THE Consumer Crew are here to solve your problems.
Mel Hunter will take on readers’ consumer issues, Jane Hamilton will give you the best advice for buying your dream home, and Judge Rinder will tackle your legal woes.
Don't miss a tax deadline
WANT to sell your home to beat the stamp duty holiday deadline? Then get your pad on the market by September 26
The tax break – which sees buyers save up to £15,000 on a new home – ends on March 31 and has seen a surge in market activity. But with conveyancing and searches taking longer than normal due to the Covid crisis, buyers and sellers need extra time to ensure sales complete.
Mark Hayward, head of estate agency body NAEA Propertymark, said: “Listing by September 26, following all social-distancing measures and making sure everything is in order will help maximise chances of completing ahead of March 31.”
Here’s how to clinch your sale by March 31.
❶ CHOOSE AN ESTATE AGENT: Shortlist three or four and ask them to value your home. This is a chance for you to check their communication skills, professionalism and knowledge.
❷ SET A REALISTIC ASKING PRICE: Avoid the temptation to overprice as you know buyers will be saving on stamp duty. Most viewings happen in the first 30 days of the listing, so don’t risk your house being stigmatised by an unrealistic price.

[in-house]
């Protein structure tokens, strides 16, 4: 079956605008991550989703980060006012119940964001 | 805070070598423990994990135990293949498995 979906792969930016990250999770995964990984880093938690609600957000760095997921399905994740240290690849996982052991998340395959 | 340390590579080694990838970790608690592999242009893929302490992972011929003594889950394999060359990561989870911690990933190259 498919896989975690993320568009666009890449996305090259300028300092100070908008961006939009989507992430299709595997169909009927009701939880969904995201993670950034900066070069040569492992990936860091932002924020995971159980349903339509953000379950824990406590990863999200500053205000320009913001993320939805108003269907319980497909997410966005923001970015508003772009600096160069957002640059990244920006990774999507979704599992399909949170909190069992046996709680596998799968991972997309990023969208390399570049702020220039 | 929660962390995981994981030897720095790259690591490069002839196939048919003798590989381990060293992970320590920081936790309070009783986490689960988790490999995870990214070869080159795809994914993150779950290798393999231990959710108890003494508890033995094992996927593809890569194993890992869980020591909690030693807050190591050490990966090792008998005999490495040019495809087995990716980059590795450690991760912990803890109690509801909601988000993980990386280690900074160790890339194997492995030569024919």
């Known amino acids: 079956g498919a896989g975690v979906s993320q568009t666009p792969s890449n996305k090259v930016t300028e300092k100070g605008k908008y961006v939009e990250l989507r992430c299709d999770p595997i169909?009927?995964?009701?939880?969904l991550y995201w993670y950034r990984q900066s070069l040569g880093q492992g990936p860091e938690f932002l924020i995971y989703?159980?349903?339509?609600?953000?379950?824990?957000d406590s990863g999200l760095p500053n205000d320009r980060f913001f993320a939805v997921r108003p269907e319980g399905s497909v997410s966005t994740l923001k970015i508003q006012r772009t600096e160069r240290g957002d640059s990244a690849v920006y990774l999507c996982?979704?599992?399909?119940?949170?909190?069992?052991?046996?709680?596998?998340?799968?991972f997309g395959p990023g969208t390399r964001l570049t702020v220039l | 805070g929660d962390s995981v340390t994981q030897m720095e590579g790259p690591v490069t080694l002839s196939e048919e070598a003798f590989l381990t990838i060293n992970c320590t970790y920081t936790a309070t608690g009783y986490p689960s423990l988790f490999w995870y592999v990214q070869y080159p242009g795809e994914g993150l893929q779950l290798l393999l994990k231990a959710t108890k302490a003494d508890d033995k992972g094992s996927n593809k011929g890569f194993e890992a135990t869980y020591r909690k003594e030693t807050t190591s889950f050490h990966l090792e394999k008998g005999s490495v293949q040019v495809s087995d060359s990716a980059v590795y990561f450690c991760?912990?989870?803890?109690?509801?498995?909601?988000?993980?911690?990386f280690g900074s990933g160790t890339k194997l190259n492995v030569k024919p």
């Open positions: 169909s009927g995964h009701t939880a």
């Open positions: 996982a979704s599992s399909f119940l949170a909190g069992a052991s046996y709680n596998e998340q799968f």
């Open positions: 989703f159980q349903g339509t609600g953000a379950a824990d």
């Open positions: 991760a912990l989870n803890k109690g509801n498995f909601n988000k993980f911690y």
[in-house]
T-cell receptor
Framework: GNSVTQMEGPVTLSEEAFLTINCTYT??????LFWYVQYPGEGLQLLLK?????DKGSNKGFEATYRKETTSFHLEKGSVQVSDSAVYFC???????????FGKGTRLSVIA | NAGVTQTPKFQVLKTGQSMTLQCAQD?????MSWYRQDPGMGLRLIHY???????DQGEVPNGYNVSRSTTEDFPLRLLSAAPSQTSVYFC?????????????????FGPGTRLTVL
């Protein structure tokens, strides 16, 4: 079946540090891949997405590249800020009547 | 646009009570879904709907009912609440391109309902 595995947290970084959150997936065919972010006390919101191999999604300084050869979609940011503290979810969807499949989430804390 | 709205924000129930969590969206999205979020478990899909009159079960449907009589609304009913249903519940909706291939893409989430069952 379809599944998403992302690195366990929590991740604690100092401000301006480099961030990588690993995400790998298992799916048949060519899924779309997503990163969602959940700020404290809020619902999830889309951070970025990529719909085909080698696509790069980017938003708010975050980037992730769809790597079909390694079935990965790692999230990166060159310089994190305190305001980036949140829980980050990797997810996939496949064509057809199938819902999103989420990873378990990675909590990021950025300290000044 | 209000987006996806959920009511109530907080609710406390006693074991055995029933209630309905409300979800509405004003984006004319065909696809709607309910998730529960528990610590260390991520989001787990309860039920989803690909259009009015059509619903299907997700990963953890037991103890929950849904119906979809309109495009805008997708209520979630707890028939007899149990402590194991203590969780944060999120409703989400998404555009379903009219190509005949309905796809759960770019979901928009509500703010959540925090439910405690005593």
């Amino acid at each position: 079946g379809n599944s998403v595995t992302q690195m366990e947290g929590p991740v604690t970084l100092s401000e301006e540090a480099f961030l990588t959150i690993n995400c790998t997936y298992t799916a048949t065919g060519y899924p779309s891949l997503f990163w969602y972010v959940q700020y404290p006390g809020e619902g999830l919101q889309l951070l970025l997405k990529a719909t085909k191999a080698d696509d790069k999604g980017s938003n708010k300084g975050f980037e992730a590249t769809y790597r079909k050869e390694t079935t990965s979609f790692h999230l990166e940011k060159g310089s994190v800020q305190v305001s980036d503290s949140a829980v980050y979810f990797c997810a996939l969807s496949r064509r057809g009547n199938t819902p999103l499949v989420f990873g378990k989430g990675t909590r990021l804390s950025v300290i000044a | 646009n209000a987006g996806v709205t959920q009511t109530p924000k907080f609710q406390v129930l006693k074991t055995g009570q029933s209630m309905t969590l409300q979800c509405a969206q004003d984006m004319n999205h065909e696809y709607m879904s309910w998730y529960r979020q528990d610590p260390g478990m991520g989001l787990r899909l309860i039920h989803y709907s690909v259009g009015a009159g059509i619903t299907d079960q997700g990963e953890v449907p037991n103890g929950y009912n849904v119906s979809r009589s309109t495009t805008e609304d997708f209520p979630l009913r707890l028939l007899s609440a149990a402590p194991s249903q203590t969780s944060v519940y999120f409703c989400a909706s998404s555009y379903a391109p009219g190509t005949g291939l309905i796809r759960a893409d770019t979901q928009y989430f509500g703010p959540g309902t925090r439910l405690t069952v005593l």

❸ PHOTOS AND VIRTUAL VIEWINGS: More buyers are viewing virtually first before deciding to look at a property in person. They make up their mind in seconds so use an agency with a professional photographer to get the best images.
❹ SHOW YOU ARE SERIOUS: Rearrange any cluttered furniture to aid social distancing at viewings and ensure you are out when estate agents show round buyers.
❺ GET YOUR PAPERWORK IN ORDER: Appoint a conveyancing solicitor so you are ready when you get an offer, and collate copies of relevant paperwork such as the lease for leasehold properties and a Gas Safety certificate for a new boiler.
BUY OF THE WEEK
GARY LINEKER may have accepted a £400k pay cut from the BBC, but most of us will still struggle to afford a home in Barnes, West London, where the Match Of The Day presenter lives.
However, his home city of Leicester is a lot more affordable – you could net this two-bedroom, bay-fronted Victorian terrace for £215,000 at onthemarket.com/details/9229720/
Go West Midlands
AFTER more for your money? Move to the West Midlands.
A new survey from self-storage firm Space Station reveals homes in the heart of England are the roomiest, with houses in this region boasting around 30 per cent more space than the average UK pad.